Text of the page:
Beyond simple examination of individual p-values for single tests, the authors of each manuscript developed their own synthetic strategies to prioritize SNPs that may be worthy of follow up (results shown in Table 3 of each manuscript). Many strategies considered results among similar traits. For example, the Subclinical Working Group created four subgroups of traits: (1) ankle brachial index phenotypes, (2) common carotid IMT phenotypes, (3) internal carotid IMT phenotypes, and (4) multidetector computed tomography (MDCT) coronary calcification phenotypes . Within each trait group, SNPs were ranked according to the proportion of traits with p < 0.01 for both FBAT and GEE in the group. Table 3 in the Subclinical manuscript displays the top 5 ranked SNPs with highest proportions of significant traits and lowest mean GEE p-values for each trait group . The Lipids Subgroup of the Metabolic Working Group decided to focus on four phenotypes measured in Offspring subjects: apolipoprotein A-I levels measured at exam 4, small low-density lipoprotein as measured by nuclear magnetic resonance, mean high-density lipoprotein cholesterol levels over 7 exams, and mean log triglyceride levels over 7 exams . Presenting only those results where at least 3 of the 4 traits had GEE p-value < 0.01, the SNPs were ranked according to geometric mean of these four traits . The manuscript presenting results for neurological traits focused on specific phenotypes within subgroups with p < 0.001 in FBAT or GEE results and also other traits within the subgroup with p < 0.01 .
The main results for each Working Group are presented in the individual manuscripts of this series. Here we highlight some results that address some of our expectations.
Whereas strategies for genetic studies have been undergoing substantial changes in recent years, partly due to changes in the laboratory, we hypothesized that genomic regions that harbor significant linkage results would also contain significant association results. One example of the concordance of linkage and association results was noted for monocyte chemoattractant protein-1 (MCP1), an inflammatory marker, where a region of linkage (LOD = 4.96 at chromosome 1, 159 Mb) for MCP1 concentrations also contains two SNPs on chromosome 1 within the 1.5 support interval for the linkage peak and within 60 kb of the genes OR10J1 and FCER1A or OR10J3 (rs4128725 and rs2494250 with p-values in the 10-8 range by FBAT, ≤10-12 by GEE) . We found a similar result for C-reactive protein with a LOD score of 3.28 on chromosome 1 and two significant SNPs (rs2794520 (p = 2.83*10-8) and rs2808629 (p = 3.19*10-8)) within the 1.5 support interval of this peak . Whereas Lp(a) had the highest LOD score (LOD = 23.0) at 159.4 Mb, a SNP (rs1591375) located at 160.7 Mb near this peak had somewhat modest p-values by comparison (4.37*10-06 by GEE and 0.0045 by FBAT) . However, there were many instances for which there was no evidence of linkage in the setting of significant association. Additionally, each manuscript describes linkage results that are in accord with previously published linkage results.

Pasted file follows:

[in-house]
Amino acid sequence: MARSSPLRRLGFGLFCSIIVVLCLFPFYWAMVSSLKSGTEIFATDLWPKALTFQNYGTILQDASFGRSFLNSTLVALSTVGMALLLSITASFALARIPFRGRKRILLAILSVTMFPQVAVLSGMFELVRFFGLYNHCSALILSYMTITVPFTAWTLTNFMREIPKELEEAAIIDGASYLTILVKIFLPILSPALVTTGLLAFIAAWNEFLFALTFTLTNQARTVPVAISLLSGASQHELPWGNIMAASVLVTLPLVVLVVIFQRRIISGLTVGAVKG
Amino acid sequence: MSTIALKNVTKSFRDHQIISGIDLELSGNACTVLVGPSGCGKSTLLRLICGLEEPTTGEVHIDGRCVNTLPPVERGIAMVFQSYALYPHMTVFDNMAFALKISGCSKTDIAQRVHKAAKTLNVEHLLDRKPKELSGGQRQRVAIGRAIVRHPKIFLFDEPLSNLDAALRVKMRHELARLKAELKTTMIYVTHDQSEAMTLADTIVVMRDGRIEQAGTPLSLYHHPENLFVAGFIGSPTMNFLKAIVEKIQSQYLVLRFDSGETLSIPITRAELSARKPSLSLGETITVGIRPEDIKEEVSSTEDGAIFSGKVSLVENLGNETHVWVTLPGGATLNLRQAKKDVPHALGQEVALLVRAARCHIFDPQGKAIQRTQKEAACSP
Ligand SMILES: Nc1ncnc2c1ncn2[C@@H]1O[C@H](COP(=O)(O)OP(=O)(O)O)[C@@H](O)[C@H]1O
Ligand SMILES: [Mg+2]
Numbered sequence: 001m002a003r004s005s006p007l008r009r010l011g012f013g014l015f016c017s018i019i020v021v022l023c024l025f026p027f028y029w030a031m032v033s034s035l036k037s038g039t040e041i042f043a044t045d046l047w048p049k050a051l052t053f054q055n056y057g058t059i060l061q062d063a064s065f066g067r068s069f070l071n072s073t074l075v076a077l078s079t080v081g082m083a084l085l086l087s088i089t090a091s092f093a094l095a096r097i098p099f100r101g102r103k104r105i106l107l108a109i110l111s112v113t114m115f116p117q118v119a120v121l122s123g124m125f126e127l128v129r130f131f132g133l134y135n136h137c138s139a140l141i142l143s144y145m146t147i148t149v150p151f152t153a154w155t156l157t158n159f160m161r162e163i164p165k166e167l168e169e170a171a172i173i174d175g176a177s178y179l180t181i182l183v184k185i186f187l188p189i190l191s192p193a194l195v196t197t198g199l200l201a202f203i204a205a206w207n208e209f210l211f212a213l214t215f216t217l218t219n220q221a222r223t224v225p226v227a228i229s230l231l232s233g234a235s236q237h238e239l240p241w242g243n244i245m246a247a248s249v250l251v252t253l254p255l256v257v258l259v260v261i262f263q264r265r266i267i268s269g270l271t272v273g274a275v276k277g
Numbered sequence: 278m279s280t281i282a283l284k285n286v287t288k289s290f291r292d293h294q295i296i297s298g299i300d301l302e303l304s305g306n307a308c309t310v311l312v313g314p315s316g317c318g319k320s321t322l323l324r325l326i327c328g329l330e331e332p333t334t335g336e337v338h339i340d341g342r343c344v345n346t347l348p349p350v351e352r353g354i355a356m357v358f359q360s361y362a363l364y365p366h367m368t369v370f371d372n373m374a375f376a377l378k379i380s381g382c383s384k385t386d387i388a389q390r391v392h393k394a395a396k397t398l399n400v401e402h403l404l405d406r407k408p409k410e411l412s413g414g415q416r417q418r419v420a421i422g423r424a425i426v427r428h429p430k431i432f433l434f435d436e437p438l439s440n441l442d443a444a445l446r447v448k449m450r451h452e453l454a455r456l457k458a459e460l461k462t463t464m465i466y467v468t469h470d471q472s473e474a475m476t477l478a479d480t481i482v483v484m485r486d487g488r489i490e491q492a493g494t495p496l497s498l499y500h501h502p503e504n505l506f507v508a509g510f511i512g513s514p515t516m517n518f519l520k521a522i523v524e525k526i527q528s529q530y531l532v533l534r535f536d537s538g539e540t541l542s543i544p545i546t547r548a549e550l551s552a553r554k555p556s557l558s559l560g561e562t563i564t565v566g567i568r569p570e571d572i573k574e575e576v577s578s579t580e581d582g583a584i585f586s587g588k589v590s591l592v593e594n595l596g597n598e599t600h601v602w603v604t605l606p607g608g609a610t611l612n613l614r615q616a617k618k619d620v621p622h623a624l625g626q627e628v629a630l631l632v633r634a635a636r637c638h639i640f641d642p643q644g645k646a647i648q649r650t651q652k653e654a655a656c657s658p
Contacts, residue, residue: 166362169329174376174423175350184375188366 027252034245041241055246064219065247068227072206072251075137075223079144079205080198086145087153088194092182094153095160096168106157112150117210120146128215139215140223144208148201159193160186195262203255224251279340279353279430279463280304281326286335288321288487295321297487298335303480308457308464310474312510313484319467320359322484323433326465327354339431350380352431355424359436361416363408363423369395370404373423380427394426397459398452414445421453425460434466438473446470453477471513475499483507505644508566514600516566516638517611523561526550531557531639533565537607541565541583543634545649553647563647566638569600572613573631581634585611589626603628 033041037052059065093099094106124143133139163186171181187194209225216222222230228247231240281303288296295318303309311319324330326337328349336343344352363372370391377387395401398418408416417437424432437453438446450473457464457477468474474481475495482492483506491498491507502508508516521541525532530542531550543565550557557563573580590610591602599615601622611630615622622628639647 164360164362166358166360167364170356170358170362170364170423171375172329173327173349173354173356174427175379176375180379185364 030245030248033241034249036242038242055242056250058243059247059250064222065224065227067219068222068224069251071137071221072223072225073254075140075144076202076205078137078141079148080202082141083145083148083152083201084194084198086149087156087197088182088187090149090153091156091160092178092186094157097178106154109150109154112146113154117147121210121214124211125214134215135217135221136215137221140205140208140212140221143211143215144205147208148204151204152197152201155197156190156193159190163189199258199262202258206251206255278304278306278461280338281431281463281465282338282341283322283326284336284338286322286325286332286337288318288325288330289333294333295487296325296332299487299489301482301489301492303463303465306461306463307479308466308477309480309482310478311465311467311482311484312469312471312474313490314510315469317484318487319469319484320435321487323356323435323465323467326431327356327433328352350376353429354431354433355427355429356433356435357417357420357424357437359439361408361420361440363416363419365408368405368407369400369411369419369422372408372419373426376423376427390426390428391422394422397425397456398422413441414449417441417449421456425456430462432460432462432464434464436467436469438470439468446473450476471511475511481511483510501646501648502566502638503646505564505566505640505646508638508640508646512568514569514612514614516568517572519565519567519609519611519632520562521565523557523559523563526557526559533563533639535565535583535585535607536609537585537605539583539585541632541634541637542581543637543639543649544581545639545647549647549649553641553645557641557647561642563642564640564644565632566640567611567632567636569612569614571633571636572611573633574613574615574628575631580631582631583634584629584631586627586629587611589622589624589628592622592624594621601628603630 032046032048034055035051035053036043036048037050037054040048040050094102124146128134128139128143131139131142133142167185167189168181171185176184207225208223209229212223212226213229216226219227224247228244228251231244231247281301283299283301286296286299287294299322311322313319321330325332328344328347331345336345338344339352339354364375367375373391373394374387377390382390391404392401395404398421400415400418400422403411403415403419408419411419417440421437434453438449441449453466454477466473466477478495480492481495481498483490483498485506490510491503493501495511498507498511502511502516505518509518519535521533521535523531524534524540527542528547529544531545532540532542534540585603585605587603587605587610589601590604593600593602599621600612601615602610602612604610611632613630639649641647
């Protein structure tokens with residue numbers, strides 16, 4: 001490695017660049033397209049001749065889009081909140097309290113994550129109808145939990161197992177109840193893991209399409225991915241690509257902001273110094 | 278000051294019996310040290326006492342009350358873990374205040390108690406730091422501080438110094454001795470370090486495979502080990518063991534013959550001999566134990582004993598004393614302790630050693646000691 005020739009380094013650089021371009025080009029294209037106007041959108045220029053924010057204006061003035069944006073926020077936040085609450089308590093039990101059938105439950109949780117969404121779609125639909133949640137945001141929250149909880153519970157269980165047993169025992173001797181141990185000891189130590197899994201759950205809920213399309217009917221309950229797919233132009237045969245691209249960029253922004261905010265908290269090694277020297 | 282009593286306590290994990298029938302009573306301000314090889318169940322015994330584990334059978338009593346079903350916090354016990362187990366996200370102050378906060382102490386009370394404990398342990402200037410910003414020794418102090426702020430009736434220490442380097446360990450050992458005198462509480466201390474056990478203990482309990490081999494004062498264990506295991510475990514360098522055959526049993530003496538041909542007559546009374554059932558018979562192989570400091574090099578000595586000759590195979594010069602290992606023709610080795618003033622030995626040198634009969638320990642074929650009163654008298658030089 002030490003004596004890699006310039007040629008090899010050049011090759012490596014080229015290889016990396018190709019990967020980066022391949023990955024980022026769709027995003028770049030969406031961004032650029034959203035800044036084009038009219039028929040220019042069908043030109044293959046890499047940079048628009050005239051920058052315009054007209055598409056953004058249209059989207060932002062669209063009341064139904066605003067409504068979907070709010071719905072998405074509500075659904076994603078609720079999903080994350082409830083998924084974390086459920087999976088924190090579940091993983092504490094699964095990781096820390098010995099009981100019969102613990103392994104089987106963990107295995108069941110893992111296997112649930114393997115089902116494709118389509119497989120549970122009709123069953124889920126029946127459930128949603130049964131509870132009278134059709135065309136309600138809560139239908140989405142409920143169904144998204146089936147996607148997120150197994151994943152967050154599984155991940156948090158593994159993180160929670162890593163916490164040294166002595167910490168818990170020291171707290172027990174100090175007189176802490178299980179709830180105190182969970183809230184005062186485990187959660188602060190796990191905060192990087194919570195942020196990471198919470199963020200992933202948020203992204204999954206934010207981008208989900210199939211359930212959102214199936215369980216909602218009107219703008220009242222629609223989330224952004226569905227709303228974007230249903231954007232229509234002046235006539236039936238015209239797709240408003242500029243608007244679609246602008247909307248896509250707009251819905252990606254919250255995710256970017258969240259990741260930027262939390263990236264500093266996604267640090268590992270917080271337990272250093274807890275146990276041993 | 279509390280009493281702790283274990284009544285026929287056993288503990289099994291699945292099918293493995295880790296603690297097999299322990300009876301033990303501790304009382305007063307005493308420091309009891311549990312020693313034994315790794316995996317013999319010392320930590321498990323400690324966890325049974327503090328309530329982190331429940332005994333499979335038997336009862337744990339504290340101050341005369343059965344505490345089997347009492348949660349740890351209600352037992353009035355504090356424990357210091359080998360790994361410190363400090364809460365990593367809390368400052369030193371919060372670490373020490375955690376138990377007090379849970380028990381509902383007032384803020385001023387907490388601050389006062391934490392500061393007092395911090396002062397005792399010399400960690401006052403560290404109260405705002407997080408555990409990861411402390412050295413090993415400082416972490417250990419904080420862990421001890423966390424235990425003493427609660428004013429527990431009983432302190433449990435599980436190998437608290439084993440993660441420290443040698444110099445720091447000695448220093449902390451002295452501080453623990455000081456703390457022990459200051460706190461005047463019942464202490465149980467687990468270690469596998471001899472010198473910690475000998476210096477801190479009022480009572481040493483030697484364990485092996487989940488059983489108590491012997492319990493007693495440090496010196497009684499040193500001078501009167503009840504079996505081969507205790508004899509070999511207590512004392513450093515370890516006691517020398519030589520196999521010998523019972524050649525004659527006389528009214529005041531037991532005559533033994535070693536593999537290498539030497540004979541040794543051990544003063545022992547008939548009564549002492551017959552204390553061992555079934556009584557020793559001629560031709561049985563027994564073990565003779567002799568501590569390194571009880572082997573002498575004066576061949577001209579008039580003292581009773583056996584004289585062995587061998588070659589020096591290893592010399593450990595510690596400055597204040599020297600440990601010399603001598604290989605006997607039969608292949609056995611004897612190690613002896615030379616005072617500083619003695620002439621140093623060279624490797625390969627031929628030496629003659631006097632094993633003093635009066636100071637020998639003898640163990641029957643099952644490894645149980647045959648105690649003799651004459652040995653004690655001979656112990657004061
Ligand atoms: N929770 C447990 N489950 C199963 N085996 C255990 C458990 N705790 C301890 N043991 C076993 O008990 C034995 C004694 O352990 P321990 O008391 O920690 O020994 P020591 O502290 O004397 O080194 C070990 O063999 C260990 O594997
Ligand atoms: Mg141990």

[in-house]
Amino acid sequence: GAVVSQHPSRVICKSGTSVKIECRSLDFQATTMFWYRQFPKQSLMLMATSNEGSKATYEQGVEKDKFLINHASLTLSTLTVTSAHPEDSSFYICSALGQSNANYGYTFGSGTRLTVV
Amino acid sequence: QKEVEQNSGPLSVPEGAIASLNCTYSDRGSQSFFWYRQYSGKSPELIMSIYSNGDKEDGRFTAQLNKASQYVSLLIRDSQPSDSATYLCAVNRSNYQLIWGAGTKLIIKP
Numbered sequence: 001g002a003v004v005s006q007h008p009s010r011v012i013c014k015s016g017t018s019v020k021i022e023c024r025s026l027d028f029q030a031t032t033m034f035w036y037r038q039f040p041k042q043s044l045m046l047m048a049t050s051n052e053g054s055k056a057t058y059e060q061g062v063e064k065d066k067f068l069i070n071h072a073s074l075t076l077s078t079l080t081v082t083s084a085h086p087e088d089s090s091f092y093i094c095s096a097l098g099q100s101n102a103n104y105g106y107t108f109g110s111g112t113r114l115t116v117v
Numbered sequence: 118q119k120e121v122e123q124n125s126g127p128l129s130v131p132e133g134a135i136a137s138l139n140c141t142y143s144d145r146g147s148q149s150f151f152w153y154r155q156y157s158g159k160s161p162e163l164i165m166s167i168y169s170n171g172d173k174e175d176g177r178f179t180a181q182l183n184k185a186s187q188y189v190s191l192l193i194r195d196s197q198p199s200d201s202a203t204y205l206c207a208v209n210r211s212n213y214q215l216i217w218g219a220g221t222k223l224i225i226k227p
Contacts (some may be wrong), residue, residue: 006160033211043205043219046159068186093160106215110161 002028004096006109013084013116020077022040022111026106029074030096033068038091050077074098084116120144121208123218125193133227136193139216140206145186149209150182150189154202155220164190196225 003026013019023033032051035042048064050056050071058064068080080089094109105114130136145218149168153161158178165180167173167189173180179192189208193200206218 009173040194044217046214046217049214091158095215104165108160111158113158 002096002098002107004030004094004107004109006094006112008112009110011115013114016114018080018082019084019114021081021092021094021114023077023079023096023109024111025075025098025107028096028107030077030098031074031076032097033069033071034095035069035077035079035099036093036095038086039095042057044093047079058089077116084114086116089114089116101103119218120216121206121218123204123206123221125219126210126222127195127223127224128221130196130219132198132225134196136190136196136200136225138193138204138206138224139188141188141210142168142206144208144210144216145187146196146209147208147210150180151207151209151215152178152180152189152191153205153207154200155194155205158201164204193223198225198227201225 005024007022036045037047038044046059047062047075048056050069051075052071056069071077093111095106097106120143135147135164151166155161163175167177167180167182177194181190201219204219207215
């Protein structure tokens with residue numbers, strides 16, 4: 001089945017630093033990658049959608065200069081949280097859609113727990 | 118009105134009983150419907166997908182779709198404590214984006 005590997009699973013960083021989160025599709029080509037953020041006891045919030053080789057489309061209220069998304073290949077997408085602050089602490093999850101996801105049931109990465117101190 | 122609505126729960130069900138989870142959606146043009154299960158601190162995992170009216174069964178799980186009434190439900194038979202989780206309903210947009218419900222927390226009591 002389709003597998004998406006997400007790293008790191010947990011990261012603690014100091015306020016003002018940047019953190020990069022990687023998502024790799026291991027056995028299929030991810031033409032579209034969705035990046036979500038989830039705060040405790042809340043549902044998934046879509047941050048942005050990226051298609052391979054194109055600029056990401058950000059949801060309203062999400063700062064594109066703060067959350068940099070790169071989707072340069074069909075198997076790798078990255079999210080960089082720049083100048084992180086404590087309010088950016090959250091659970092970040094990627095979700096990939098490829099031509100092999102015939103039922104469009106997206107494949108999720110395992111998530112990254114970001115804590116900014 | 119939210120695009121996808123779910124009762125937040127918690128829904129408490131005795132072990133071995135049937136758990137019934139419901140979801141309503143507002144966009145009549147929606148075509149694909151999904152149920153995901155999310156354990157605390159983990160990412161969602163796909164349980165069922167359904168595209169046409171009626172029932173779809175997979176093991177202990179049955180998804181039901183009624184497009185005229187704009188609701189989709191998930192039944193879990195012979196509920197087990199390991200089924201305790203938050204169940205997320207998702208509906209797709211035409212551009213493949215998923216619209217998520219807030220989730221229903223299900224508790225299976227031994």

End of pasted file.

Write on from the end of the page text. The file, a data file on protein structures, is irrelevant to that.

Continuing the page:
We did not expect the same SNPs to appear in many manuscripts, as cardiovascular disease is complex and involves a large and varied number of pathways for its development. In contrast, some manuscripts report on correlated traits. Thus, we examined overlap among the top 500 SNPs associated with the phenotypes across 3 Metabolic Working Groups: glycemic/diabetes phenotypes, lipid phenotypes and obesity phenotypes. Of 11 SNPs found in more than one group, none were found among the top 500 SNPs in all three groups. However, 7 SNPs were found in the glycemia and obesity groups, 2 in glycemia and lipid groups and 2 in lipid and obesity groups [38-40].